Voter dissatisfaction with both parties is at an all-time high — and voters' trust in Washington is at an all-time low.

This is the kind of political climate that is welcoming for an alternative to the Democrats and the Republicans.

Pollster Stan Greenberg worked for Bill Clinton in 1992, when third-party candidate Ross Perot roiled the race. If it happened back then, Greenberg says, it can happen again next year.

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Election 2012
3:47 pm
Tue November 8, 2011

Can Obama Make History Again?

President Obama greets diners in Los Angeles last month. He faces long odds in his quest for re-election. Among them: unemployment, eroding support among independent voters and approval ratings that are well below those of previous presidents who won a second term.
Jewel Samad AFP/Getty Images

Originally published on Wed November 9, 2011 10:23 am

Three years ago, the state of Virginia flipped. It had voted for George W. Bush in 2004, but in 2008, it went for Barack Obama, with the help of independent voters like Emily Perri. But as Perri cast her ballot in local elections in Fairfax on Tuesday morning, she wasn't so sure she would vote for the president again.

"I'm not entirely positive, you know, another four years will help improve things or not under Obama," Perri said.

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Politics
5:50 pm
Thu November 3, 2011

Income Gap Becomes Politicians' Latest Battleground

There's been a shift in the economic discussion in American politics. For months, the debate was focused on government spending, regulations, debt and taxes. Now there's something new: income inequality.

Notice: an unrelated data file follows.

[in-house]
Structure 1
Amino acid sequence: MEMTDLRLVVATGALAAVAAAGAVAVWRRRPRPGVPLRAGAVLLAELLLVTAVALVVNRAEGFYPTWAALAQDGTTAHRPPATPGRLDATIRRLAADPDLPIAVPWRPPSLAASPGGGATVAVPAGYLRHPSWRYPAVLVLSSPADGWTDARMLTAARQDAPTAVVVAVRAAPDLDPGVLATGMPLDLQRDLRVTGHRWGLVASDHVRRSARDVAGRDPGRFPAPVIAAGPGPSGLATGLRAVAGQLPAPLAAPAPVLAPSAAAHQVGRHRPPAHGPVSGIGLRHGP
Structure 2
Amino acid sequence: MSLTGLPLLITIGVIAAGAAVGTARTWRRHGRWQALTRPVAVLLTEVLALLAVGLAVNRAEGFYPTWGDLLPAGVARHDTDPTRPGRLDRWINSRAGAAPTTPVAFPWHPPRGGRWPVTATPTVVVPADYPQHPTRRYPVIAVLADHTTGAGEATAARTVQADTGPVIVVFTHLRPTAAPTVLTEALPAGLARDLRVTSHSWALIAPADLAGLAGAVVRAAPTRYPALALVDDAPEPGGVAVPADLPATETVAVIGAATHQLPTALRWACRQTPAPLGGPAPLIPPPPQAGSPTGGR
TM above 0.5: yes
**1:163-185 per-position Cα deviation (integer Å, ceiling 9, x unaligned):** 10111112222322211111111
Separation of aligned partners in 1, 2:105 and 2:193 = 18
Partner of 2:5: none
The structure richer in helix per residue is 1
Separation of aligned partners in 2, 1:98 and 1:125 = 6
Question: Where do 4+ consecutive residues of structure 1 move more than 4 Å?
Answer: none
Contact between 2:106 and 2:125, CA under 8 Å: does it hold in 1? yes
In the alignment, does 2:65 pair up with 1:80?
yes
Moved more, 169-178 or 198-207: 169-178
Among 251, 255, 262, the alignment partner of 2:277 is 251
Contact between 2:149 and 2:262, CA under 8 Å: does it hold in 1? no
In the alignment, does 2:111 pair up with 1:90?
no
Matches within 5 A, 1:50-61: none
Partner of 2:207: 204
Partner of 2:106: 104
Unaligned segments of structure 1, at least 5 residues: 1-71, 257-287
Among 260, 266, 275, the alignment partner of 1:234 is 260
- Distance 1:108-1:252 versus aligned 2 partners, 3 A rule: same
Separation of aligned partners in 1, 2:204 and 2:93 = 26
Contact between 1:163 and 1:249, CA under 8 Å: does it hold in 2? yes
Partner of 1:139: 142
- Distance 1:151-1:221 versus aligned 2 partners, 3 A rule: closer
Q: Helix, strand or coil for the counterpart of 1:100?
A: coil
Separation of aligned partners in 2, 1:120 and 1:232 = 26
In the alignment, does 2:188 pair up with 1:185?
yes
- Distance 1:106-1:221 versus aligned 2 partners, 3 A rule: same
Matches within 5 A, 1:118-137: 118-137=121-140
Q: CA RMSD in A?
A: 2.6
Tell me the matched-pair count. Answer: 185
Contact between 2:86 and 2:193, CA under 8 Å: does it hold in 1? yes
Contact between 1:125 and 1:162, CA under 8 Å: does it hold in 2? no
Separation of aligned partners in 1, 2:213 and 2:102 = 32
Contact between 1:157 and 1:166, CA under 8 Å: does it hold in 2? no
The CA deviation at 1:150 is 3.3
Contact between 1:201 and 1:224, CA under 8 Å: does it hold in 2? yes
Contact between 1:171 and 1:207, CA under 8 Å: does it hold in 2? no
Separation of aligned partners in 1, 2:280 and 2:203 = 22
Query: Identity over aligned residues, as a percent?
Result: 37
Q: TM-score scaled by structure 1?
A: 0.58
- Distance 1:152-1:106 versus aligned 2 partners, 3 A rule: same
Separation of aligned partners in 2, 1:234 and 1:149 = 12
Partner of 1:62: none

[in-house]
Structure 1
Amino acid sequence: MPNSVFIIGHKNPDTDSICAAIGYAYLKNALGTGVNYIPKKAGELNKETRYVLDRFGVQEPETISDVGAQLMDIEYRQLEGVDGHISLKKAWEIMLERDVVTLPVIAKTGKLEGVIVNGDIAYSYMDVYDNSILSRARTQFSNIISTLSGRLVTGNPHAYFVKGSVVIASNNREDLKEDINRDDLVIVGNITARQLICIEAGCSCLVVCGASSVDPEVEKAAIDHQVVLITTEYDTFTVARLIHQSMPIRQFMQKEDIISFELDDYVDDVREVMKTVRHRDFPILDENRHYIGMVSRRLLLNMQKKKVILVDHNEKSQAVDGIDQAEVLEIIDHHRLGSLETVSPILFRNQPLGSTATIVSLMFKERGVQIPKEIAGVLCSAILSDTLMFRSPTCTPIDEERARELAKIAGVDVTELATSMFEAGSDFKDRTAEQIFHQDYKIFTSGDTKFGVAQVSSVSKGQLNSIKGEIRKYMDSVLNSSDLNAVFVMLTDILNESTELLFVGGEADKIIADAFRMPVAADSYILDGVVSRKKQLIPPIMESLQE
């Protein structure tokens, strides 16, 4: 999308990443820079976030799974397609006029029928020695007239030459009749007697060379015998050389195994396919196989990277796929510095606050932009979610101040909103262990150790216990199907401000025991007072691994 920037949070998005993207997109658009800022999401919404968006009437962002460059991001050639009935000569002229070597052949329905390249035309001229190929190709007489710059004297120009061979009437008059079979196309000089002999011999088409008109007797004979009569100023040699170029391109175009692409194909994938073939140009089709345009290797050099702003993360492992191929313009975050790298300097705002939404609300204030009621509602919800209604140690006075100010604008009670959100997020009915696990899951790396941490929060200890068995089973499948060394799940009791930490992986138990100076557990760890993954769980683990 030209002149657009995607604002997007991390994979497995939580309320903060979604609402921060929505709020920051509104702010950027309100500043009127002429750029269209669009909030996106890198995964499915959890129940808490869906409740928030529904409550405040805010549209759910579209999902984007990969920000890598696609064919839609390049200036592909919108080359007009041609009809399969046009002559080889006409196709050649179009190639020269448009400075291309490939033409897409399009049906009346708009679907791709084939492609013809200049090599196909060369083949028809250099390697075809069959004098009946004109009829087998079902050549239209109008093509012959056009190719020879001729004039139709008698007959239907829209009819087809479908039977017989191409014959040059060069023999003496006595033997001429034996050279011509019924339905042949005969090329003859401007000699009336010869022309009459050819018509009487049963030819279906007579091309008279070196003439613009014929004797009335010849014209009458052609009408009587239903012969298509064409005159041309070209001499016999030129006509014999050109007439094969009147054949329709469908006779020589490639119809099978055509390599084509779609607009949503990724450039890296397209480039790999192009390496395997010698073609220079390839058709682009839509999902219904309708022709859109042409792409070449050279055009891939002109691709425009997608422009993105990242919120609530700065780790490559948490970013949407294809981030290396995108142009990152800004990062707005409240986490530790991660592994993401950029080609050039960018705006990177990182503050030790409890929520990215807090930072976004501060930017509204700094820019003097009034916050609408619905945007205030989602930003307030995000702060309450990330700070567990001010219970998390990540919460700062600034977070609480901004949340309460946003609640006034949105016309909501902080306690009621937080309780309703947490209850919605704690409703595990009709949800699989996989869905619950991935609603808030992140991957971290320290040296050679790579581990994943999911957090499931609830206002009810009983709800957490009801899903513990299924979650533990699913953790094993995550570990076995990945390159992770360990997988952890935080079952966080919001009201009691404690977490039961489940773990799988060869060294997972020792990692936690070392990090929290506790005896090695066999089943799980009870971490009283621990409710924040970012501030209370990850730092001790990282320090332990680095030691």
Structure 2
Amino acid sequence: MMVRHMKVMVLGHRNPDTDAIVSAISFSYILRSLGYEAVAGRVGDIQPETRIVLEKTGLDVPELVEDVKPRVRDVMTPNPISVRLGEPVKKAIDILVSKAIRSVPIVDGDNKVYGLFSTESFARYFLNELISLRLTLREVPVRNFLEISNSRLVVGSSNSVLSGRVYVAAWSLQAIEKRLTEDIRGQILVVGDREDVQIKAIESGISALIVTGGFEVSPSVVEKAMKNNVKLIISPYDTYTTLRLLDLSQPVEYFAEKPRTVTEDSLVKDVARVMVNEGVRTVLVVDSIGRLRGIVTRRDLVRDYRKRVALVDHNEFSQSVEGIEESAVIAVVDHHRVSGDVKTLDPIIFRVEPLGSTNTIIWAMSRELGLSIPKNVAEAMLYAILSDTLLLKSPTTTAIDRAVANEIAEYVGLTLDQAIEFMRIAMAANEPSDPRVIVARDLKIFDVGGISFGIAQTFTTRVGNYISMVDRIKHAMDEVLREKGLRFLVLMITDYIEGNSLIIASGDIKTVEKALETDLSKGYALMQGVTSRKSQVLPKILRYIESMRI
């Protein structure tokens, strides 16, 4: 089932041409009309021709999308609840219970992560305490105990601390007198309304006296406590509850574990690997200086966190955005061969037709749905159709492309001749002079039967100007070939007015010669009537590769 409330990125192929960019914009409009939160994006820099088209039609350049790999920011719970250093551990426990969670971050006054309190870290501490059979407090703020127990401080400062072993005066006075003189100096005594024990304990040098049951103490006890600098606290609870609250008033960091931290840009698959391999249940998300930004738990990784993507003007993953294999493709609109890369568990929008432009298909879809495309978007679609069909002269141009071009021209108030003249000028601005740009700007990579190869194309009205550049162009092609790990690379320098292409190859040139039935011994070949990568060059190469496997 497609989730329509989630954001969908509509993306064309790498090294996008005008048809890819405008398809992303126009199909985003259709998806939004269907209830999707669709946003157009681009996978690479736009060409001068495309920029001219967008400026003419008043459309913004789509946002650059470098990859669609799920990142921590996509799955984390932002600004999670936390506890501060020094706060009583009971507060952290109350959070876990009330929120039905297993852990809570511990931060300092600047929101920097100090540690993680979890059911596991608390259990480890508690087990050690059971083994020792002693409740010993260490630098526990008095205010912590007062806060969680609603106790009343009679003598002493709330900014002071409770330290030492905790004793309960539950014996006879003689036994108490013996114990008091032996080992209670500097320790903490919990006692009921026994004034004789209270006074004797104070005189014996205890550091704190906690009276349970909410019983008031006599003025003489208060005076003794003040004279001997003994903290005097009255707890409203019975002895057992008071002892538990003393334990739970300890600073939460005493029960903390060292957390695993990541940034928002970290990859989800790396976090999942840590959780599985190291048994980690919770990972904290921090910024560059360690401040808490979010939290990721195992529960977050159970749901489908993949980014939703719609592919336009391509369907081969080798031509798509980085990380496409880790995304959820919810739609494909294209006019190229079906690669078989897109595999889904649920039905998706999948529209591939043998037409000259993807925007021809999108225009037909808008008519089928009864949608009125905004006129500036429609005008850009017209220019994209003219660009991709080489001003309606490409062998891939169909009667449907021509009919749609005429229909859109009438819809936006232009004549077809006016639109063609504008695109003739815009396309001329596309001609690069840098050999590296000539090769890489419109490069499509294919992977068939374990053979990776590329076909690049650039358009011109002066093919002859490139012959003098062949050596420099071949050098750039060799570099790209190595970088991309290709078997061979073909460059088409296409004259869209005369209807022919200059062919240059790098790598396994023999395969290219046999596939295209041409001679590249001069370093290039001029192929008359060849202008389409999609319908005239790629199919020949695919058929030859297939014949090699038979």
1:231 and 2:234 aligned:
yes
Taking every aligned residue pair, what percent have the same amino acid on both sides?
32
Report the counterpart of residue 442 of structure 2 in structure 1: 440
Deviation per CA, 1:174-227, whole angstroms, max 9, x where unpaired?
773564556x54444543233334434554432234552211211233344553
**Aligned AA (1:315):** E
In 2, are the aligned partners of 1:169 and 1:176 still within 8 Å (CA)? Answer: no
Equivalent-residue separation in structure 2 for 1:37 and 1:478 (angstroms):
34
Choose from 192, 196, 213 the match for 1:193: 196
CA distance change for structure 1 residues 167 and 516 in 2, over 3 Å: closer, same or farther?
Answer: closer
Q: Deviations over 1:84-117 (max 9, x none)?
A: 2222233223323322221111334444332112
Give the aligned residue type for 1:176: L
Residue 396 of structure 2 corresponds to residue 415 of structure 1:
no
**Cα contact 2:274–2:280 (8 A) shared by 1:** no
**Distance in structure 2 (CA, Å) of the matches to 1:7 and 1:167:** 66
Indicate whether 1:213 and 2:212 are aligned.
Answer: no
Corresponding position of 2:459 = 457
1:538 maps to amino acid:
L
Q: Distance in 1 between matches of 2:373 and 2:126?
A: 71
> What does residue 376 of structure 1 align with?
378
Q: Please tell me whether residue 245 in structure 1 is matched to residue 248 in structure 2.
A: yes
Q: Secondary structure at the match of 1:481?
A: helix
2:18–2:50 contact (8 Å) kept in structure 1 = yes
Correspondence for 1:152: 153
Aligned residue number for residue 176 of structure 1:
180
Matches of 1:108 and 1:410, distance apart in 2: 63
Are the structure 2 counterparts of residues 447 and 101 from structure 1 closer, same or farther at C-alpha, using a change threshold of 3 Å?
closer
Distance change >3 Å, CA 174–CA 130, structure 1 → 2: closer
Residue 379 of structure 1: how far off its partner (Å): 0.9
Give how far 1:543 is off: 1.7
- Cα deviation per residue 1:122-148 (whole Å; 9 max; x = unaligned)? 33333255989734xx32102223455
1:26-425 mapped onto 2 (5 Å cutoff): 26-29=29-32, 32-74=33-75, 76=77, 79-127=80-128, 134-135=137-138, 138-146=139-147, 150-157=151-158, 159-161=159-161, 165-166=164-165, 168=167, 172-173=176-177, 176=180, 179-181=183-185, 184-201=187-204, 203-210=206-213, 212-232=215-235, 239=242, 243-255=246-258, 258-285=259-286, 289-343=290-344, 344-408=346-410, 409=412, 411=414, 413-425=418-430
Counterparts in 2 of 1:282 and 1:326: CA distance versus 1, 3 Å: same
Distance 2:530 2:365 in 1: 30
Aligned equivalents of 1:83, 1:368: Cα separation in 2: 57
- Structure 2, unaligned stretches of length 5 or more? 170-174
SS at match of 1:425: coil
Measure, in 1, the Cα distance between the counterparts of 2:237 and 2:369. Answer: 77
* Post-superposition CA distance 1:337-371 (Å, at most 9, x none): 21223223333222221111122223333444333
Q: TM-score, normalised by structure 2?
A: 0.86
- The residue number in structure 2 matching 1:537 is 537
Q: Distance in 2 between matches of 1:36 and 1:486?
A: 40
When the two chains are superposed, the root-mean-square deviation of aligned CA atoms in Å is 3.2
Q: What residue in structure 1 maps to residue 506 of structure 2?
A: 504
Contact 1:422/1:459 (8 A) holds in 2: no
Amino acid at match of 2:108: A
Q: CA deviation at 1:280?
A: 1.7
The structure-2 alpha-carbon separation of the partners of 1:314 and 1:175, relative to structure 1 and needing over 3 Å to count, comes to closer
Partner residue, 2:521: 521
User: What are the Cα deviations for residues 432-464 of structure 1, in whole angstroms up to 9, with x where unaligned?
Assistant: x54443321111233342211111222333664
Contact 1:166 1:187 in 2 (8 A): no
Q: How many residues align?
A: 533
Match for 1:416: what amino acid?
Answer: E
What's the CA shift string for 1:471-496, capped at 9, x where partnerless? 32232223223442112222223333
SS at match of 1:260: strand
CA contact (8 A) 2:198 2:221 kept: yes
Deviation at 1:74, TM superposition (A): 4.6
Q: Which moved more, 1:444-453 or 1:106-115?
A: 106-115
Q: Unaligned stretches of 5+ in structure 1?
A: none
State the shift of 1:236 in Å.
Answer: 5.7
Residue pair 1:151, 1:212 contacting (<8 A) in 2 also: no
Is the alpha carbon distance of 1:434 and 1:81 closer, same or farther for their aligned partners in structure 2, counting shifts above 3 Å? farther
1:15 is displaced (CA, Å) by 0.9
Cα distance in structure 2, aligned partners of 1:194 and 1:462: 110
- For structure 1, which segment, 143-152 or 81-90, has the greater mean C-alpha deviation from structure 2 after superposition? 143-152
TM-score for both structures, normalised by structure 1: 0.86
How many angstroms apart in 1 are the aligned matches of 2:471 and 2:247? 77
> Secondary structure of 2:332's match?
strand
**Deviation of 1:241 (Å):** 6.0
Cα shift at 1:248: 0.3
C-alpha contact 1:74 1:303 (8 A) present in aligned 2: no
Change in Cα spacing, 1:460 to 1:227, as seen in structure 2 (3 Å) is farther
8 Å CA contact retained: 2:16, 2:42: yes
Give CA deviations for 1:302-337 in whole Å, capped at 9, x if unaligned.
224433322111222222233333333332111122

And it's not just the Occupy Wall Street protesters who are worried about the growing gap between the richest 1 percent and the rest of America. The gap has been growing for 30 years, but in the midst of the recession, it appears to have reached a tipping point.

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Politics
4:40 am
Thu October 27, 2011

Protests Pick Up Steam; Will Obama Get Burned?

It's not clear yet whether the Occupy Wall Street protests will be a good thing or a bad thing for Democrats. That's why President Obama always treads carefully when asked about them.

"People are frustrated, and that frustration has expressed itself in a lot of different ways," he said Tuesday on The Tonight Show with Jay Leno. "It expressed itself in the Tea Party. It's expressing itself in Occupy Wall Street."

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Election 2012
5:03 pm
Tue October 25, 2011

The GOP Campaign Ad Wars, As Seen On YouTube

A new ad from Herman Cain features his campaign manager, Mark Block, taking a drag from a cigarette.

YouTube

Originally published on Tue October 25, 2011 9:29 pm

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Election 2012
11:01 pm
Wed October 19, 2011

A 'Spirited' Primary Could Be What The GOP Needs

Former Massachusetts Gov. Mitt Romney (left) and Texas Gov. Rick Perry got into a heated exchange about immigration during Tuesday's GOP presidential debate in Las Vegas.

Ethan Miller Getty Images

Originally published on Thu October 20, 2011 10:50 am

Tuesday night's brawl of a debate in Las Vegas erased any doubt that the fight for the Republican presidential nomination would get bitter. Texas Gov. Rick Perry aggressively parried former Massachusetts Gov. Mitt Romney, who looked rattled for the first time.

If that hand-to-hand combat continues, the Republican primary could just become a long, drawn-out fight. Whether that's a good thing or a bad thing for the eventual nominee is unclear.

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Herman Cain
2:17 pm
Fri October 14, 2011

Cain Says He's Not Just A Flavor Of The Week